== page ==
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Kajali – Folk Music in Uttar Pradesh And Bihar – Kajari Folk Songs

Kajali is one of the most popular types of folk music in Uttar Pradesh and Bihar. Kajari folk songs are mostly sung during the rainy season when dark clouds gather and people express their joy, welcoming rain on the parched earth.

Some musicologists opine that the very term, kajali, has been derived from kajala, i.e. the darkness that shrouds the land when dark clouds gather.

Kajali folk songs contain vivid description of nature and symbolically relate nature to the agony of the beloved’s heart. The beloved longs for her lover’s company.

In most of the songs the beloved is Radha and the lover is Krishna or Kanahiya. They occasionally come up with very imaginative similes. One of them compares the river Yamuna’s swollen floods during the rainy season with the beloved stretching out her arms to her lover.

The themes of these songs are generally romantic and the language is Avadhi or Bhjpuri dialect of Hindi, with a liberal use of onomatopoetic expression for a profound impact.

The rhythms such as kaharava or dadara set these songs to have a very full lilting melody.

Although the style is not classical, some simple ragas like Pilu, Desa or Khamaja are used.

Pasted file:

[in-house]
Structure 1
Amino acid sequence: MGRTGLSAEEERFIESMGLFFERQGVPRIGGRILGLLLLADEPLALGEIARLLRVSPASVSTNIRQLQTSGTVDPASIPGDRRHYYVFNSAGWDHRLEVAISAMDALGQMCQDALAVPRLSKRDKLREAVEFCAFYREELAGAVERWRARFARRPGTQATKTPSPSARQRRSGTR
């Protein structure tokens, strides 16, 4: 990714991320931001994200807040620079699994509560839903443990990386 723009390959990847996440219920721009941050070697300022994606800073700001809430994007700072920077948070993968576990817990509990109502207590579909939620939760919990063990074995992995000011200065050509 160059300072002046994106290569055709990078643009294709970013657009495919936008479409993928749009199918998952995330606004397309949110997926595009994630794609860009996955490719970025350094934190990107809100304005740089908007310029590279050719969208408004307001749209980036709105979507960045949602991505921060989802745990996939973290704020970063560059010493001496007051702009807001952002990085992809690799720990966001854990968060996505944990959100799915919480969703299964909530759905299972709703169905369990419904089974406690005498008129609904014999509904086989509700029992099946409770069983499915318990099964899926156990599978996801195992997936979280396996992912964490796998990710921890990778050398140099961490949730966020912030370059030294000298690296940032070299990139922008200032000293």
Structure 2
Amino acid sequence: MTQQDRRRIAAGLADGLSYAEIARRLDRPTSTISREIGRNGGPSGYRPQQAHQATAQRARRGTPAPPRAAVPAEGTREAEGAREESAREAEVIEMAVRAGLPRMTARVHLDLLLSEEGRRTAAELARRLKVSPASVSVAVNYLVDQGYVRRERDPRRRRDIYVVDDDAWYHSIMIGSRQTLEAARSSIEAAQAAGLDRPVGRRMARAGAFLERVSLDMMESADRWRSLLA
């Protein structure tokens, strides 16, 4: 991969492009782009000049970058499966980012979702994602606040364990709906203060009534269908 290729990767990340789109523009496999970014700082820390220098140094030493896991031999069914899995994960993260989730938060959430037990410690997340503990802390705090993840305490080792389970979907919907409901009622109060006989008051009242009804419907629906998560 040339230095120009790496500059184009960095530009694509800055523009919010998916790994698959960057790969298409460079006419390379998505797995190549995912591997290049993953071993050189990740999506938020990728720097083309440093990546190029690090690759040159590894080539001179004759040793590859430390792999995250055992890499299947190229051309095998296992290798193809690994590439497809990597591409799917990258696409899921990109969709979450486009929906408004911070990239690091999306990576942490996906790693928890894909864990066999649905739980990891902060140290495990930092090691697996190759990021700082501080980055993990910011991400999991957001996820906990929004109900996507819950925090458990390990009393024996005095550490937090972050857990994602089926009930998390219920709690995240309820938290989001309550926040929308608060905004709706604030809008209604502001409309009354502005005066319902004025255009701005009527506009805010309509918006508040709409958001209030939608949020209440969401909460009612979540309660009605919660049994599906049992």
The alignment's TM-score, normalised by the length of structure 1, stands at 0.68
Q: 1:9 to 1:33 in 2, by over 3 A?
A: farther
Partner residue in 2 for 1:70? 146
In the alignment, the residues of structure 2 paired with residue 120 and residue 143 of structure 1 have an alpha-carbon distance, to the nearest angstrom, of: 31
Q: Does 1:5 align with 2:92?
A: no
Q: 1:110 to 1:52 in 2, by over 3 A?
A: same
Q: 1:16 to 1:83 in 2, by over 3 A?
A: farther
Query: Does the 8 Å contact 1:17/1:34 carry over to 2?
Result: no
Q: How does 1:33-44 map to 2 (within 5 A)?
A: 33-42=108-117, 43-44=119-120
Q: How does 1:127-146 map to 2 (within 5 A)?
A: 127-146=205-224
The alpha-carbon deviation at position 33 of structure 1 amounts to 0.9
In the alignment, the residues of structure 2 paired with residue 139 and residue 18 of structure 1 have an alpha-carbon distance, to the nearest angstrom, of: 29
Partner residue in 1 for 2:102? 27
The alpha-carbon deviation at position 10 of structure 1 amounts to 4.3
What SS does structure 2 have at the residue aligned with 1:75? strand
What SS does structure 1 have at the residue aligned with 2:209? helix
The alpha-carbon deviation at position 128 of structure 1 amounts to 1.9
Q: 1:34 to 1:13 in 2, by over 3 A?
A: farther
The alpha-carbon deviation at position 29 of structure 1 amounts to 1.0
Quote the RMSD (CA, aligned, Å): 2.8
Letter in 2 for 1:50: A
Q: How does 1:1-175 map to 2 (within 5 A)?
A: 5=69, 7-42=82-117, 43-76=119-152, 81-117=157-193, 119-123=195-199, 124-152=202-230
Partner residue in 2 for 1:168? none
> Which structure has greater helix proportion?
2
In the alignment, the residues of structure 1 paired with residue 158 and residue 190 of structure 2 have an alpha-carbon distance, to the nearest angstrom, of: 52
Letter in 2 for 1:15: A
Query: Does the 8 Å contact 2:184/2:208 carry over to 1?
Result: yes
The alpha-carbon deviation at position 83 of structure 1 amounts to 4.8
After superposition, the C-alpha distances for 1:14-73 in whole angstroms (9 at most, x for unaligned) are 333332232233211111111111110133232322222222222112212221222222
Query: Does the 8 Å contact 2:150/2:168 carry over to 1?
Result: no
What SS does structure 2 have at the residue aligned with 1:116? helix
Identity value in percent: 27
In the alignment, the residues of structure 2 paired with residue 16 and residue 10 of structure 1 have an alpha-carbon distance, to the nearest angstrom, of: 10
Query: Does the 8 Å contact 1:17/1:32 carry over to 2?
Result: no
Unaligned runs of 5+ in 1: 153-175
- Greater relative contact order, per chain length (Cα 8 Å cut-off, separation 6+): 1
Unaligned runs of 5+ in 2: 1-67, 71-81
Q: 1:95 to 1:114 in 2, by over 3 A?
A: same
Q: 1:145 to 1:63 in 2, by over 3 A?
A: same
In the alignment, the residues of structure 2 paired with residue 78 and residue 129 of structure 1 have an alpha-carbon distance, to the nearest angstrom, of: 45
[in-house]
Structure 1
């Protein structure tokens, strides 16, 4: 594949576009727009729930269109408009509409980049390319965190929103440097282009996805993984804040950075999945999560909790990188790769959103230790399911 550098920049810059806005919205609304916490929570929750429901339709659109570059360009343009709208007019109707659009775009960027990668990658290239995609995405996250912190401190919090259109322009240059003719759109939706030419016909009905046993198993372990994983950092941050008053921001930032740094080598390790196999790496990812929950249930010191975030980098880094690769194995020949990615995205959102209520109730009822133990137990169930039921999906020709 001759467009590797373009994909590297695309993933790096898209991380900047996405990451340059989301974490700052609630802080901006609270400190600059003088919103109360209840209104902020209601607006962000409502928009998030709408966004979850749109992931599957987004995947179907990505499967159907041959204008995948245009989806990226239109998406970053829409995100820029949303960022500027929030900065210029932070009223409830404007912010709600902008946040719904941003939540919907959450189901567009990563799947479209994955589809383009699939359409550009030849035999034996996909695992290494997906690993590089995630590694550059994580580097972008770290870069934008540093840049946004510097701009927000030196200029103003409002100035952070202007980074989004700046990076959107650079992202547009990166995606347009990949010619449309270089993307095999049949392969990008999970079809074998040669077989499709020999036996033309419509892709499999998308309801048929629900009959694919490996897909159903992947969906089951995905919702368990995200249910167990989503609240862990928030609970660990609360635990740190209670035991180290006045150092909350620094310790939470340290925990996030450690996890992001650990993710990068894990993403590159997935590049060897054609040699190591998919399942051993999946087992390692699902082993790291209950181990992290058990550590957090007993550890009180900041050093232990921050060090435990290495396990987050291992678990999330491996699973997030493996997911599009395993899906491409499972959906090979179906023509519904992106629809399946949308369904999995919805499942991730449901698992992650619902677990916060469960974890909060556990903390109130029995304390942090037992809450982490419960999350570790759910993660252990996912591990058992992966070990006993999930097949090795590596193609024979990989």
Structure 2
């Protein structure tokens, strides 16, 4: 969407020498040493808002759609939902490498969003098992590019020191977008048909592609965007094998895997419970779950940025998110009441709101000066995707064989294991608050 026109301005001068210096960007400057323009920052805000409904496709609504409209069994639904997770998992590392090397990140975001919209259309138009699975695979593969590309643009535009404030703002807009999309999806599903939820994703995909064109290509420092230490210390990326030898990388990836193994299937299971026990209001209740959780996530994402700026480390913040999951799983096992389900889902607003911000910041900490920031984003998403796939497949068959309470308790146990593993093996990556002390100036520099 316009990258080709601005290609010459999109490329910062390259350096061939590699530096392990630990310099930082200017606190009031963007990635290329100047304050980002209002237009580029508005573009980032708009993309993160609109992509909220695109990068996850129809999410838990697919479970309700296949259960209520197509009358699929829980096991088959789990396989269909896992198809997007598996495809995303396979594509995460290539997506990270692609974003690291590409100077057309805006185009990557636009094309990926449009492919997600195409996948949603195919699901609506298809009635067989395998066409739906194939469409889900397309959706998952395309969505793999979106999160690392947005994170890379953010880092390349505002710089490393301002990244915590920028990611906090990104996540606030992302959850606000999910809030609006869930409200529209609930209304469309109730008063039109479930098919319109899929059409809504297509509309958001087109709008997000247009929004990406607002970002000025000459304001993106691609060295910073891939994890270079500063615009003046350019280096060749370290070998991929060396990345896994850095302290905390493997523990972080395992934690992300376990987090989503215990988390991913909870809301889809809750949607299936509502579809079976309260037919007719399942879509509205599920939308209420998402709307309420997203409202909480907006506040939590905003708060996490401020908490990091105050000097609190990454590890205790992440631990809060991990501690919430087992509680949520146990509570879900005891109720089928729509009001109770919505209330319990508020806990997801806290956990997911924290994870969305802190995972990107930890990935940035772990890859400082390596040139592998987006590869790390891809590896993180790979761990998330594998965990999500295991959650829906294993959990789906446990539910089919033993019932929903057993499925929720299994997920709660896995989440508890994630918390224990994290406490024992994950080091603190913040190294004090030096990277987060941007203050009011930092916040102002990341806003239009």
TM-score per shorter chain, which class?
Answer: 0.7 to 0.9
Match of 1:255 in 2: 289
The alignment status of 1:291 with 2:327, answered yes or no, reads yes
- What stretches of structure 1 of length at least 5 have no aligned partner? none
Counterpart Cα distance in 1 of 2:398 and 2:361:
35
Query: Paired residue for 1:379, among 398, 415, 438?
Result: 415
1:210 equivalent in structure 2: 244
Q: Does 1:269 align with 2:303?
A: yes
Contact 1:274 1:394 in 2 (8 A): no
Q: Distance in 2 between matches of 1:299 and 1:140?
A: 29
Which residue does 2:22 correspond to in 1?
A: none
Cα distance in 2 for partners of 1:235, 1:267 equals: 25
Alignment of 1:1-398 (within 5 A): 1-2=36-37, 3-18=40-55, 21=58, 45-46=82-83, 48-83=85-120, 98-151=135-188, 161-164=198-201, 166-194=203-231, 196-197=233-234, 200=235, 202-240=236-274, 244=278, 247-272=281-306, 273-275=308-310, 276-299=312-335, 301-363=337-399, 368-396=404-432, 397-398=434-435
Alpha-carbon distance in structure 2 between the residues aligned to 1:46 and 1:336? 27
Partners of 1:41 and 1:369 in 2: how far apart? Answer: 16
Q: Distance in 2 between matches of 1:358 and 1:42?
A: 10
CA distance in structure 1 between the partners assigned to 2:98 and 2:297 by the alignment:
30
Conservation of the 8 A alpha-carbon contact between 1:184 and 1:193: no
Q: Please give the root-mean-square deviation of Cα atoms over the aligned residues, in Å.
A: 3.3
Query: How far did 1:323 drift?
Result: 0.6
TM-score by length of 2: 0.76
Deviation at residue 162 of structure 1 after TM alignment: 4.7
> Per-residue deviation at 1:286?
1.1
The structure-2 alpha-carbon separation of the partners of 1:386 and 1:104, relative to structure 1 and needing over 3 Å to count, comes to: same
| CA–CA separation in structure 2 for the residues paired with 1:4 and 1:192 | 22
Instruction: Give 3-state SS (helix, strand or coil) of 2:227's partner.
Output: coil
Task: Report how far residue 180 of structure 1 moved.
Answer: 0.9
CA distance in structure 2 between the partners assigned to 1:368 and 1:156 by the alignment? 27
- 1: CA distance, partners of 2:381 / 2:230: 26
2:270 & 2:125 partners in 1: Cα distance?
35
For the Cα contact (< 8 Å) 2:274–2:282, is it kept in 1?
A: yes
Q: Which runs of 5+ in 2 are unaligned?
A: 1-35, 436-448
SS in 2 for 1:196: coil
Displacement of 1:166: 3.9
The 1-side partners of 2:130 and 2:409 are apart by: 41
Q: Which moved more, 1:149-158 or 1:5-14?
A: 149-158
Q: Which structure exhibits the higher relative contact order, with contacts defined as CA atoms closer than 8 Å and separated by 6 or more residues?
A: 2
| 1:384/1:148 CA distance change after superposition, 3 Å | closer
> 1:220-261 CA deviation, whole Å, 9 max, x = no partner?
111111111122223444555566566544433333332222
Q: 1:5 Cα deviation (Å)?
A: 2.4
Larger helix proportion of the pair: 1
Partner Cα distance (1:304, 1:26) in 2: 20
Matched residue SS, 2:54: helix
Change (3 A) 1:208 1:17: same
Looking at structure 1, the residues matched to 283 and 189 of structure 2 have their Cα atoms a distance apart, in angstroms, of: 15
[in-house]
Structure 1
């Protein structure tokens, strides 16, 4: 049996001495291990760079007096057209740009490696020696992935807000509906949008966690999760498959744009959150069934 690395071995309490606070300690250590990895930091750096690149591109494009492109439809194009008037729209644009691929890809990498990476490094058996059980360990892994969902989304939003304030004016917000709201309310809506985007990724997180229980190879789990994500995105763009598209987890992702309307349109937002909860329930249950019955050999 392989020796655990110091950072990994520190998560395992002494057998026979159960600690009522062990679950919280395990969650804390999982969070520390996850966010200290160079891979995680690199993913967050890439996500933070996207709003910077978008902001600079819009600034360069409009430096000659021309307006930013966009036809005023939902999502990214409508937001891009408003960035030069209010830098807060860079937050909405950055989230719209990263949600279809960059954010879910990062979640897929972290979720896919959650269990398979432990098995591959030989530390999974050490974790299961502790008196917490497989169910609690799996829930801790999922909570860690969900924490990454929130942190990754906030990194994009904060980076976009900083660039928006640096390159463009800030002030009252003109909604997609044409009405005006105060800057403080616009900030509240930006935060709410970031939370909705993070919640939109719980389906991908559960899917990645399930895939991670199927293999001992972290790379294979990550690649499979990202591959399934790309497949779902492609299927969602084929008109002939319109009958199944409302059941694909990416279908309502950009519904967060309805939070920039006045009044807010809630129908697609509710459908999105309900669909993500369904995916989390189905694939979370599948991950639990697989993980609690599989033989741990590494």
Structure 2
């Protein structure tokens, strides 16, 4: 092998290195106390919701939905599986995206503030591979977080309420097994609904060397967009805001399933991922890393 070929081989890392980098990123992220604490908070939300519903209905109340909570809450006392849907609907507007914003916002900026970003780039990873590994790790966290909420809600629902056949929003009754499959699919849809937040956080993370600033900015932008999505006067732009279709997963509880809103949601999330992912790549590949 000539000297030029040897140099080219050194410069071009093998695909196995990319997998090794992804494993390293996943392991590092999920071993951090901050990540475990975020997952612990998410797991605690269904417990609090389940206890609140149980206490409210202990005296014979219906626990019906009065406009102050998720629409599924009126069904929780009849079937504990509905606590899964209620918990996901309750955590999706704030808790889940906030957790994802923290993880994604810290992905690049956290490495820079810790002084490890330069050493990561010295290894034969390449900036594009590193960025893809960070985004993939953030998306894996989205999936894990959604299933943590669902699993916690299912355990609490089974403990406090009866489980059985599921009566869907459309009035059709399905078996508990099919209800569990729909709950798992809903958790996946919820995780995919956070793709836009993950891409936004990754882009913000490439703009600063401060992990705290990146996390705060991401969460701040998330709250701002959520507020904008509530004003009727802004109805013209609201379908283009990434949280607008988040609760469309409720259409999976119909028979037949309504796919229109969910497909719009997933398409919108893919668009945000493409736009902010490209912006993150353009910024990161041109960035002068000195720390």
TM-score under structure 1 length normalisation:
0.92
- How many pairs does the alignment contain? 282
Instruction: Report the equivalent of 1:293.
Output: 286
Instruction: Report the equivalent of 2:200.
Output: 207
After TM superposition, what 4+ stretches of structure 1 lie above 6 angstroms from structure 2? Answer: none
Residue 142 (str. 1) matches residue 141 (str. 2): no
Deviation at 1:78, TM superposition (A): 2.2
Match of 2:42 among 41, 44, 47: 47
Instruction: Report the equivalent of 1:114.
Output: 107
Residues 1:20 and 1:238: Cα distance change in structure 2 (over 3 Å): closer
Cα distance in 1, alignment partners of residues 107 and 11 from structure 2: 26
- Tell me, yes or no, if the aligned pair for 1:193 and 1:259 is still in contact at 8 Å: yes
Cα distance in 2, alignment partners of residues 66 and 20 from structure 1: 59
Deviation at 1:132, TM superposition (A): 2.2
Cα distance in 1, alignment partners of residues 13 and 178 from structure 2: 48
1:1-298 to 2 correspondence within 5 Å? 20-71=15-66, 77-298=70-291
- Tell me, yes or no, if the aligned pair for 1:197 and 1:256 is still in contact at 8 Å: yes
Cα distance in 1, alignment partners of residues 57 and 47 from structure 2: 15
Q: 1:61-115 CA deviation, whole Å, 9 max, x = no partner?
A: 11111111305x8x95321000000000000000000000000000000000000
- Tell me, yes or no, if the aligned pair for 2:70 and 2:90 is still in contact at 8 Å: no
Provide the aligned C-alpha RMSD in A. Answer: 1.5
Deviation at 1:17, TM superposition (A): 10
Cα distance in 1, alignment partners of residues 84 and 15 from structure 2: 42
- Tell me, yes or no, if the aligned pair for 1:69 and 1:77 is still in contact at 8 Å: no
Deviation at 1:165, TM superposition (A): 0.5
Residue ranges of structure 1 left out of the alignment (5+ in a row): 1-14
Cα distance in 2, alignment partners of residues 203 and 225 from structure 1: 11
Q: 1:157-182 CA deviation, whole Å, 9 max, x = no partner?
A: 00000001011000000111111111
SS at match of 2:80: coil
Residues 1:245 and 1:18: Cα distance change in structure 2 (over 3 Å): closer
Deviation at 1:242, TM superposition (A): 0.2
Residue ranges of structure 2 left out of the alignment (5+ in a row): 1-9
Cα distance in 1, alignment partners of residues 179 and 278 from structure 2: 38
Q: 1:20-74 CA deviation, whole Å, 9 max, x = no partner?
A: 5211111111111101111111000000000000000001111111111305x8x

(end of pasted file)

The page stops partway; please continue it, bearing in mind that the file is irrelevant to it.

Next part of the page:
In Benaras and Mirzapur, people usually sing these songs in groups in front of temples or in an open public place throughout the night.

While Mirzapuri Kajali is more earthly and folk-based, Benaras Kajali acquires some classical flavor.

Due to its extreme popularity, notable classical music singers sing these songs in solo performance or conclude their classical performance with Kajali songs, particularly during the rainy season.

Important exponents of Kajali folks songs are Girija Devi, Savita Devi, Begum Akhtar, Siddheshwari Devi and Badi Moti Bai.

Some of the famous compositions of Kajali songs are the following:

Radha jhoolan padharo, ghiri ayi badaria
(O beloved Radha, says Krishna,come and enjoy our time in swinging on the swings as the sky is covered with dark dense clouds.)

Barsan lagi re savanna bundiya, pare bin lage na mori ankhiyan
(The rain drops of Sawan month have started coming down but without my beloved I just cannot sleep)

SAvana jhara lagi re dhire dhire
(Gently falls the rain in the month of Sawan)

Source -
Sangita Sastra Darpana (1986) Lakshmi Narain Garga - Sageet Karyalaya Hatharas Uttar Pradesh
Encyclopedia of Hinduism - page 377-378 - Volume V - IHRF